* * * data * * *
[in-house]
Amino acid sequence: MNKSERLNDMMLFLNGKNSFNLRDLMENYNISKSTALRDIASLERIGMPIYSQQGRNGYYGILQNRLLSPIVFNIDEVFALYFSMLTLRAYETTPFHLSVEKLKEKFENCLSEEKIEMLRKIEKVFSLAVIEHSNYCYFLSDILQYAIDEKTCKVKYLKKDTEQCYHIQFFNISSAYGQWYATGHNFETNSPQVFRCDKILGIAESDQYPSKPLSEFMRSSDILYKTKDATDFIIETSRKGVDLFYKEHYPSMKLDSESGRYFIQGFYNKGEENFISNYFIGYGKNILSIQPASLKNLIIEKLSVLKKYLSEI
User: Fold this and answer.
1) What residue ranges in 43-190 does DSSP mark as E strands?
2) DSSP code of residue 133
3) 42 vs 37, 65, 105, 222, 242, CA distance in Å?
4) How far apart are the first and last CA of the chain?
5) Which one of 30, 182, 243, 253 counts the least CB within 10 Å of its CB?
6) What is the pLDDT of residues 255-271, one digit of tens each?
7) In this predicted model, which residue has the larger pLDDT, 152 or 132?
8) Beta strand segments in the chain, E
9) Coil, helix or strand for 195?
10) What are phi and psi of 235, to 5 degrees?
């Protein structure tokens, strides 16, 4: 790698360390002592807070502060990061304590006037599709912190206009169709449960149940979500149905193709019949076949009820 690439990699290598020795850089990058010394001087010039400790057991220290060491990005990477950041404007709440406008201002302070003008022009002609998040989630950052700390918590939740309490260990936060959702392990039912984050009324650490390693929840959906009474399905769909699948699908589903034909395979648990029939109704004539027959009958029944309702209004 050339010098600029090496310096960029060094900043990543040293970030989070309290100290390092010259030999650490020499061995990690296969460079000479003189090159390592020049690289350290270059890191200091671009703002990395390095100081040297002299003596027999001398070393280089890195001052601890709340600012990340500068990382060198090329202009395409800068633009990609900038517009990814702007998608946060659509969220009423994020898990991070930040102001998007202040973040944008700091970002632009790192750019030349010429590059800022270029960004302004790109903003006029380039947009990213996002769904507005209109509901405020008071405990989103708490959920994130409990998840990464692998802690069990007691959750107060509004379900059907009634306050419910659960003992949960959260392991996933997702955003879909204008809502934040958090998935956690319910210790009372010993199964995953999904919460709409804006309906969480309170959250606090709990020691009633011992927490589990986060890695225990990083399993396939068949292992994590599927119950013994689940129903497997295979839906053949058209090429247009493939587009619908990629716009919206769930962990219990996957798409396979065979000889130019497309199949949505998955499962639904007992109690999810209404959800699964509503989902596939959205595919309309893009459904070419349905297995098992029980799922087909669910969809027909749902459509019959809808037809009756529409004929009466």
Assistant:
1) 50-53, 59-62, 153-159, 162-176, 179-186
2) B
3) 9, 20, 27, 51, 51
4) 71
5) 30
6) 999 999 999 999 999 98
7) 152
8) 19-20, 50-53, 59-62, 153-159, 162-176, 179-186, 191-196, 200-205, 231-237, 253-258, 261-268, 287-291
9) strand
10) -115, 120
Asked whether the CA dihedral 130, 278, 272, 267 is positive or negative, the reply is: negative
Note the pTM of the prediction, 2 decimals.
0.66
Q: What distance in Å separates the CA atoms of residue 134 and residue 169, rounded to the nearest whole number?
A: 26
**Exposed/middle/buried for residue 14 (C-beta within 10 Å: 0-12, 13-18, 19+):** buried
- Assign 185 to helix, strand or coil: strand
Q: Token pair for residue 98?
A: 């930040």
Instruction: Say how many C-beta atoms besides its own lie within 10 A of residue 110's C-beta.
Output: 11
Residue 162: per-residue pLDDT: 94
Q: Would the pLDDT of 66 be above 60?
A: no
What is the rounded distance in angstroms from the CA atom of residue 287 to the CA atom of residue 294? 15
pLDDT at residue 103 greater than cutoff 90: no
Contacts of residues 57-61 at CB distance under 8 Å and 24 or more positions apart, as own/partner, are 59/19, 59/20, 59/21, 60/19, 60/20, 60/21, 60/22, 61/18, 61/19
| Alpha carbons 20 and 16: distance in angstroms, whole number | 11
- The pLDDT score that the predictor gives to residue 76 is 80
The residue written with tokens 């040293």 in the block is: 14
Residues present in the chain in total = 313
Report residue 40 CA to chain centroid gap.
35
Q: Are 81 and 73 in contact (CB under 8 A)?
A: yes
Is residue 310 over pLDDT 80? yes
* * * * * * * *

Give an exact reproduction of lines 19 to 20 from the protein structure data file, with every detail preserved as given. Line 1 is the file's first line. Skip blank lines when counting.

4) 71
5) 30